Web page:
East Usambara Biosphere Reserve

Location; where is it?

The East Usambara Biosphere Reserve (EUBR) is part of the Eastern Arc Mountain range and covers 90,000 hectares of the Tanga region. Established as a biosphere reserve in 2000, it falls under the jurisdiction of 3 districts’ authority (Korogwe, Muheza, Mkinga). There are roughly 270,000 people living in and around the East Usambara Biosphere Reserve, with their sources of livelihood stemming from small-scale farming and cattle breeding.

Environment & ecosystem; what makes it rich in biodiversity?

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A lake in the East Usambara Biosphere Reserve

The EUBR is one of 34 biodiversity hotspots in the world, and with its vast array of endemic plants and animals it is often compared to the Galapagos Islands. The site is home to both the sub-montane rainforest and lowland wooded grassland. These rainforests secure the water supply for the surrounding local community, the Tanga city population, and for industrial use. The biosphere reserve is divided into 3 land management zones, where each zone has its own specific management plan aligned with the MAB programme. The core area is the extensive biodiversity research and training site where 14 protected forest reserves can be found (Amani Nature Reserve, Nilo Nature Reserve, Amani Botanical Garden etc).  It is characterized by high concentrations of flora and fauna, including many medicinal plants and 13 endangered bird species. The buffer zone features commercial forest plantations, patches of natural forest turned into village forest reserves by local communities, and some tree crops. Finally, the transition area is home to sisal and tea plantations whilst providing a living environment to over 80 villages. With two ecosystem types (mountains and coastal forests), the East Usambara Biosphere Reserve features a variety of vegetation from tropical evergreen forests (Cephalosphaera usambarensis, Allanblankia stuhlmanii) to tropical submontane rainforests, savanna woodland (Combretum spp., Annona spp.), agroforestry, agroecosystems, grazing, and urban areas.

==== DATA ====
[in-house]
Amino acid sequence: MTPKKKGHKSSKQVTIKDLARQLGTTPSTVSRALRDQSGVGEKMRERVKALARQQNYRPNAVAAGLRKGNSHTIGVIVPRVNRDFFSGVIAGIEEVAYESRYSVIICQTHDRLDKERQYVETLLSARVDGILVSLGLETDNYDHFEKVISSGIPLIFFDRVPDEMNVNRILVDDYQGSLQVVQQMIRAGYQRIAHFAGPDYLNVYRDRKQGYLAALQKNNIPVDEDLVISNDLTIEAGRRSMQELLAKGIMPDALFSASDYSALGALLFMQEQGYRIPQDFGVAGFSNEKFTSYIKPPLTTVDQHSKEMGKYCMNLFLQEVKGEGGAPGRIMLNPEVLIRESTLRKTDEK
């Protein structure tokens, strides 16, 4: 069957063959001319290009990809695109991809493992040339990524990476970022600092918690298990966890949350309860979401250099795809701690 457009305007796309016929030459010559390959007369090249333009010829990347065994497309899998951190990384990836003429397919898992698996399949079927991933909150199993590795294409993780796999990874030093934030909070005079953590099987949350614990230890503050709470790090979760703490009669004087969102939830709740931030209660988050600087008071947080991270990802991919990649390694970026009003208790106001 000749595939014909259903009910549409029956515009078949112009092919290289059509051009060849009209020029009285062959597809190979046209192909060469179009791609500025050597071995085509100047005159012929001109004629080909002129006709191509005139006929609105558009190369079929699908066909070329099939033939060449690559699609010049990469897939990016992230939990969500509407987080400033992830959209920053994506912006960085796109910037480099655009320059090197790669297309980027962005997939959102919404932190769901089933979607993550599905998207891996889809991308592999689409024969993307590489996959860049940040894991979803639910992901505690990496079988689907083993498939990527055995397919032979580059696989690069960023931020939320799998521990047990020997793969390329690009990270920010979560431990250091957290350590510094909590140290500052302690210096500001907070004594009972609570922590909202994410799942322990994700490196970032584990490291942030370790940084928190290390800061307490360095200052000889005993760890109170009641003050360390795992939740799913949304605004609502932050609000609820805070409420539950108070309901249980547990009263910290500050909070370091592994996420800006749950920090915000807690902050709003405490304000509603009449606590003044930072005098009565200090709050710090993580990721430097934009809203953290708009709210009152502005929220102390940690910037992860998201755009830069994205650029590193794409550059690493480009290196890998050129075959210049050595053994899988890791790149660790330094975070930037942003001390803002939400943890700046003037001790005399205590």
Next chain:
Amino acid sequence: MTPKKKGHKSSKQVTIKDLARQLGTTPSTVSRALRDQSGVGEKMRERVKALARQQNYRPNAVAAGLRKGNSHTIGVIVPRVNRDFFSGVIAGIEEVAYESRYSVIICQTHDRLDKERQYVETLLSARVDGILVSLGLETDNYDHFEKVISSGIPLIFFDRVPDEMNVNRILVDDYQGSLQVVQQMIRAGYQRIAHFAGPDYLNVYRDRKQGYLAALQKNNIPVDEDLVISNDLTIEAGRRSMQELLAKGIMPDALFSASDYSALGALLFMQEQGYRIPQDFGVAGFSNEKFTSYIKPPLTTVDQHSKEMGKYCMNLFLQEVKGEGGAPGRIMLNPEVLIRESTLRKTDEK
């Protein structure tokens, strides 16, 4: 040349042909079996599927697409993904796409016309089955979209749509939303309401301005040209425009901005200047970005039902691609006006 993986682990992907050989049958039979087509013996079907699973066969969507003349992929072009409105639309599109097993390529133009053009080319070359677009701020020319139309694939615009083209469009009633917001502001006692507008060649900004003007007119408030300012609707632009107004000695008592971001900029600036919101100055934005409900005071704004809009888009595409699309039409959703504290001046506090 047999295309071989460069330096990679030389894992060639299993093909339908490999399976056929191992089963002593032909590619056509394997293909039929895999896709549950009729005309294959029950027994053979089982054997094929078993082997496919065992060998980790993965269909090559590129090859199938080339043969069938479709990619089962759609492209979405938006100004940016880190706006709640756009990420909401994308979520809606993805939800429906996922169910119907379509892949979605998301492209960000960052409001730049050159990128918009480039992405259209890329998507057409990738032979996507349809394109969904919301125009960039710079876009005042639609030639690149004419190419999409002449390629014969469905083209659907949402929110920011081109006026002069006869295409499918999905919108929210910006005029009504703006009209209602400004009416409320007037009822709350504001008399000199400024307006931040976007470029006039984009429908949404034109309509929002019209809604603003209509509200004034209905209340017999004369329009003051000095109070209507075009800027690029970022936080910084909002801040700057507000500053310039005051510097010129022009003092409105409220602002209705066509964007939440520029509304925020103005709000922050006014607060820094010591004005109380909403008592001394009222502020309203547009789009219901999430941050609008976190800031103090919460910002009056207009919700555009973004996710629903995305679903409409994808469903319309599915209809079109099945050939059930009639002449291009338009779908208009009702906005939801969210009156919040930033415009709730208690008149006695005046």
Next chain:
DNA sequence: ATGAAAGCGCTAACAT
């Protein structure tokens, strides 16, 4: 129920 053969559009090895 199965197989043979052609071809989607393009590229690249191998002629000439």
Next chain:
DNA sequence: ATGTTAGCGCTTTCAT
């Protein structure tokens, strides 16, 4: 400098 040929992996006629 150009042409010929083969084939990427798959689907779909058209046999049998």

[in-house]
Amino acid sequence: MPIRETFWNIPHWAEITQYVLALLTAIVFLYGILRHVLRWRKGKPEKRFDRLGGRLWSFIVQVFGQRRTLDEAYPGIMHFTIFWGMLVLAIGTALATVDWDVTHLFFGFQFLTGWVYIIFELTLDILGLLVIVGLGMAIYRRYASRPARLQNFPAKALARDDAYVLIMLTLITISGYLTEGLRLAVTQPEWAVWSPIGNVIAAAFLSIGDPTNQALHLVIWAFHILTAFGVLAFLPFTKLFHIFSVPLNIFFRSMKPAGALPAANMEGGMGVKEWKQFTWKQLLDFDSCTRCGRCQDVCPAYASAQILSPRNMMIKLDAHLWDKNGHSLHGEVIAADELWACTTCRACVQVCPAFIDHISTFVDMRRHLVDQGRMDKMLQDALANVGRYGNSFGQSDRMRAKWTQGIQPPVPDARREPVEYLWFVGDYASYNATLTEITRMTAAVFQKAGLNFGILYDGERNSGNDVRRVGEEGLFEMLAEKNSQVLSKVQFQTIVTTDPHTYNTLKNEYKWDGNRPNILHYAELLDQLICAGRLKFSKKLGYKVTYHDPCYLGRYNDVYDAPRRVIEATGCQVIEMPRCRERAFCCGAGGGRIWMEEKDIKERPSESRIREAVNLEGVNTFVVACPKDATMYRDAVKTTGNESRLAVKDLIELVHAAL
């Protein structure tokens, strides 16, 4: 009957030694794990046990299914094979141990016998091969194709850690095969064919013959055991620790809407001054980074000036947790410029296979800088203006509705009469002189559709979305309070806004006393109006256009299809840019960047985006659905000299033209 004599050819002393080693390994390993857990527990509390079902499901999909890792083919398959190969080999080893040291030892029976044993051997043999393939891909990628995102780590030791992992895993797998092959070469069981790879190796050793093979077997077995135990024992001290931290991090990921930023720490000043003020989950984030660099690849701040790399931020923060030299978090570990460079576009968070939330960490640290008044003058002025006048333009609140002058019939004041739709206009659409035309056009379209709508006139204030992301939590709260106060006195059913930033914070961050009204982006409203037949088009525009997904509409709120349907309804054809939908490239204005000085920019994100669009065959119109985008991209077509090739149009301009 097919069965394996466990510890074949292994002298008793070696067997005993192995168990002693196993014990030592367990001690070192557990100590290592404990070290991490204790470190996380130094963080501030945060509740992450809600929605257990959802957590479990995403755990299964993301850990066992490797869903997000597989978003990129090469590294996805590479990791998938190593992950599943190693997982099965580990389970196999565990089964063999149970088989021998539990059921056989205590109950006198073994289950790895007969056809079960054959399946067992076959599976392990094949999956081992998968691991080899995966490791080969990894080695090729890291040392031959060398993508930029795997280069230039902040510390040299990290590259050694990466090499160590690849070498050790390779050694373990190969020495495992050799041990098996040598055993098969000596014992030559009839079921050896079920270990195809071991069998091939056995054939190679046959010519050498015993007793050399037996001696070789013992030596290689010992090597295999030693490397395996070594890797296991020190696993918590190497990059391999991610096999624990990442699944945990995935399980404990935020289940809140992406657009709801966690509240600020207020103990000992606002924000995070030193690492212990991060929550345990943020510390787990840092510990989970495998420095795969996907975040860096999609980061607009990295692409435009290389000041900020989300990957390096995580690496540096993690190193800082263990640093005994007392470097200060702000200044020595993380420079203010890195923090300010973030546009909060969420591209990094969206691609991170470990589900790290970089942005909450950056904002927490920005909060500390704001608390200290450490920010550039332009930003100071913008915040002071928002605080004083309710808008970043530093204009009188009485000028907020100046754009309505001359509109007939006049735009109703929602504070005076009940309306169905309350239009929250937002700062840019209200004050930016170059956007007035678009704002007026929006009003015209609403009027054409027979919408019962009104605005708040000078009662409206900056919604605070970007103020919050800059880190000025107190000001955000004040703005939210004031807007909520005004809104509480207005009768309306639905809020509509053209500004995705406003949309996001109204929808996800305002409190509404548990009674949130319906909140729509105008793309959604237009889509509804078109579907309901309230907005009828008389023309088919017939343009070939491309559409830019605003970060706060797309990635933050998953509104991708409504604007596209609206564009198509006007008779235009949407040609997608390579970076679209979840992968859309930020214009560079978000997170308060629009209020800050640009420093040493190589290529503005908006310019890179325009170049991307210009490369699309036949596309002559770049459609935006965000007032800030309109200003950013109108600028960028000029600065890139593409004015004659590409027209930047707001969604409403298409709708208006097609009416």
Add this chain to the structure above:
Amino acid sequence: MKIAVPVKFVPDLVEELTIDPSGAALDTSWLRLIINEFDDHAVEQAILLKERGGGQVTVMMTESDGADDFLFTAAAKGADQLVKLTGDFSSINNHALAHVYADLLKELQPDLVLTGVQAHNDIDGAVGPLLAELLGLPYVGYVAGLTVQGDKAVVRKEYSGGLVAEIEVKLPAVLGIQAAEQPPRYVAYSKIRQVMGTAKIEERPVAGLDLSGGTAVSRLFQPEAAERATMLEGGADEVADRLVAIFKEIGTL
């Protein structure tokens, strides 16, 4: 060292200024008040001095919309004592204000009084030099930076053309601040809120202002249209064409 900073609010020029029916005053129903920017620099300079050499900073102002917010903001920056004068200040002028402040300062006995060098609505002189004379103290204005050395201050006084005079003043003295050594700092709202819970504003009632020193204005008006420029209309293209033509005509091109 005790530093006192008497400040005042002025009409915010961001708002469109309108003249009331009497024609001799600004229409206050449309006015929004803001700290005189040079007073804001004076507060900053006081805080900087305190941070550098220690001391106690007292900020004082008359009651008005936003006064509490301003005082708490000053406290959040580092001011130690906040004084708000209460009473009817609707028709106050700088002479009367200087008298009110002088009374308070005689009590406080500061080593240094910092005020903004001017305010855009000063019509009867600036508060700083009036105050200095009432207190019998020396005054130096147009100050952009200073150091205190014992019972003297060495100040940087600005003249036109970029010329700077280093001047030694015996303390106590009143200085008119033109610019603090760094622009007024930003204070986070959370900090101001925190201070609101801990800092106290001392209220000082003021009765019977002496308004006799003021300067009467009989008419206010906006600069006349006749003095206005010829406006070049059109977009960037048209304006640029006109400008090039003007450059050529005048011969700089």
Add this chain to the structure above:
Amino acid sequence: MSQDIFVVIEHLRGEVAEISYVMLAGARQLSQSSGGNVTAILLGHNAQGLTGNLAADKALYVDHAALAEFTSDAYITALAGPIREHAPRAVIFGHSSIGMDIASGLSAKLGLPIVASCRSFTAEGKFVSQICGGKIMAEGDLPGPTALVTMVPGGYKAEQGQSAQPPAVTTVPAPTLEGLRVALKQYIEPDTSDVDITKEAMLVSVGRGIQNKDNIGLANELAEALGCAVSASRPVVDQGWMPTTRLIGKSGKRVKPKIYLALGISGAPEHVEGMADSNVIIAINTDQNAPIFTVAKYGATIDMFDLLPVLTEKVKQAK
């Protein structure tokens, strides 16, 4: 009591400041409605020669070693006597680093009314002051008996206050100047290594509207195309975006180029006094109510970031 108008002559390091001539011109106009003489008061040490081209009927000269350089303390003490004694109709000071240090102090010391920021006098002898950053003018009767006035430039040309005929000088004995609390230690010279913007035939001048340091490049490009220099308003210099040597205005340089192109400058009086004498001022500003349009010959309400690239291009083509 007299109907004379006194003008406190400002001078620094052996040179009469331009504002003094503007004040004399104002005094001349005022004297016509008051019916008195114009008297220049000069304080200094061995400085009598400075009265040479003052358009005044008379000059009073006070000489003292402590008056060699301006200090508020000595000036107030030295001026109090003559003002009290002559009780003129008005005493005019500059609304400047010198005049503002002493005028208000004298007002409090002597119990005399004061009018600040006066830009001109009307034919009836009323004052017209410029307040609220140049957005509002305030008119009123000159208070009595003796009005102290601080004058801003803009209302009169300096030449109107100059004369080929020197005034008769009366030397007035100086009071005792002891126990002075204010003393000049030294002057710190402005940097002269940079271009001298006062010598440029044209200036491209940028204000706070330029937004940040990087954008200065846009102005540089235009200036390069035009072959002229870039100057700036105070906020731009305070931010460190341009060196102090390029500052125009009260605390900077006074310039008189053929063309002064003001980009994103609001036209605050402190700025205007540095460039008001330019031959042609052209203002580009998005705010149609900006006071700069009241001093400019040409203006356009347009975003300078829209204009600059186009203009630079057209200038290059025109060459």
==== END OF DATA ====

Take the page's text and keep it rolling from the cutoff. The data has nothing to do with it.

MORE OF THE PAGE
Why is the biodiversity threatened?

Local people in the mountains rely on the forests for many of their daily needs, thus anthropogenically endangering the biodiversity found within the biosphere reserve. According to the National Forest Programme, between 1971 and 1999, forests were faced with deforestation at an estimated rate between 130,000 and 500,000 hectares per annum. Pressure is exerted on the existing natural resource base due to rapid population growth in and around the area. Environmental degradation in the biosphere reserve is also the result of illegal wildlife hunting, overharvested forest resources, and encroachment. Furthermore, the occasional blockage of wildlife corridors can have devastating consequences like habitat fragmentation. Similarly, illegal mining, especially by artisanal miners, has become a more recent threat. Adverse impacts of climate change and climate variability must also be taken into account.

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